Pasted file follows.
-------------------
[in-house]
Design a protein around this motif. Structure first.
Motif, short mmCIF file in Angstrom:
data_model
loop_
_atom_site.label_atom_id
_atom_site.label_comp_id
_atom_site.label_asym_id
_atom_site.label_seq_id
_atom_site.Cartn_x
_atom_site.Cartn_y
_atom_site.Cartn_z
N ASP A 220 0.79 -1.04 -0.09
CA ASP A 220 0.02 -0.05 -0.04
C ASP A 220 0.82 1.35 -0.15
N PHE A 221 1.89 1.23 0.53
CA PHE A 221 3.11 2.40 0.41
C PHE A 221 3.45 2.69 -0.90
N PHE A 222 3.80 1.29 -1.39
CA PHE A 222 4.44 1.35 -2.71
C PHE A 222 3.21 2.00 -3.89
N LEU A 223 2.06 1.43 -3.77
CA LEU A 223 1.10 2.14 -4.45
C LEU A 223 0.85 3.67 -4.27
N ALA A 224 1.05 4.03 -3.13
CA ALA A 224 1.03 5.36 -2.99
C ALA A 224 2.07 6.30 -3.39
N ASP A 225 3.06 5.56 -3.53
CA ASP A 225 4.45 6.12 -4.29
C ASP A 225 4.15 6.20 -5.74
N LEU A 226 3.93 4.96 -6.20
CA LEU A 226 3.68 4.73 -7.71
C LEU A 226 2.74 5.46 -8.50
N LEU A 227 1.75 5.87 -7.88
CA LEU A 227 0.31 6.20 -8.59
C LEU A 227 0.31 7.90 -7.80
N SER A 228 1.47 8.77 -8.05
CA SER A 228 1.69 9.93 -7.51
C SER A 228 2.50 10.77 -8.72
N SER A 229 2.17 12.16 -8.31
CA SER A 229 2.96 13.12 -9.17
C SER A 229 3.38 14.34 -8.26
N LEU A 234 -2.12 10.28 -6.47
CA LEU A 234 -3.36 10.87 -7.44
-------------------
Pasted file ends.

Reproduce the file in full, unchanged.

[in-house]
Design a protein around this motif. Structure first.
Motif, short mmCIF file in Angstrom:
data_model
loop_
_atom_site.label_atom_id
_atom_site.label_comp_id
_atom_site.label_asym_id
_atom_site.label_seq_id
_atom_site.Cartn_x
_atom_site.Cartn_y
_atom_site.Cartn_z
N ASP A 220 0.79 -1.04 -0.09
CA ASP A 220 0.02 -0.05 -0.04
C ASP A 220 0.82 1.35 -0.15
N PHE A 221 1.89 1.23 0.53
CA PHE A 221 3.11 2.40 0.41
C PHE A 221 3.45 2.69 -0.90
N PHE A 222 3.80 1.29 -1.39
CA PHE A 222 4.44 1.35 -2.71
C PHE A 222 3.21 2.00 -3.89
N LEU A 223 2.06 1.43 -3.77
CA LEU A 223 1.10 2.14 -4.45
C LEU A 223 0.85 3.67 -4.27
N ALA A 224 1.05 4.03 -3.13
CA ALA A 224 1.03 5.36 -2.99
C ALA A 224 2.07 6.30 -3.39
N ASP A 225 3.06 5.56 -3.53
CA ASP A 225 4.45 6.12 -4.29
C ASP A 225 4.15 6.20 -5.74
N LEU A 226 3.93 4.96 -6.20
CA LEU A 226 3.68 4.73 -7.71
C LEU A 226 2.74 5.46 -8.50
N LEU A 227 1.75 5.87 -7.88
CA LEU A 227 0.31 6.20 -8.59
C LEU A 227 0.31 7.90 -7.80
N SER A 228 1.47 8.77 -8.05
CA SER A 228 1.69 9.93 -7.51
C SER A 228 2.50 10.77 -8.72
N SER A 229 2.17 12.16 -8.31
CA SER A 229 2.96 13.12 -9.17
C SER A 229 3.38 14.34 -8.26
N LEU A 234 -2.12 10.28 -6.47
CA LEU A 234 -3.36 10.87 -7.44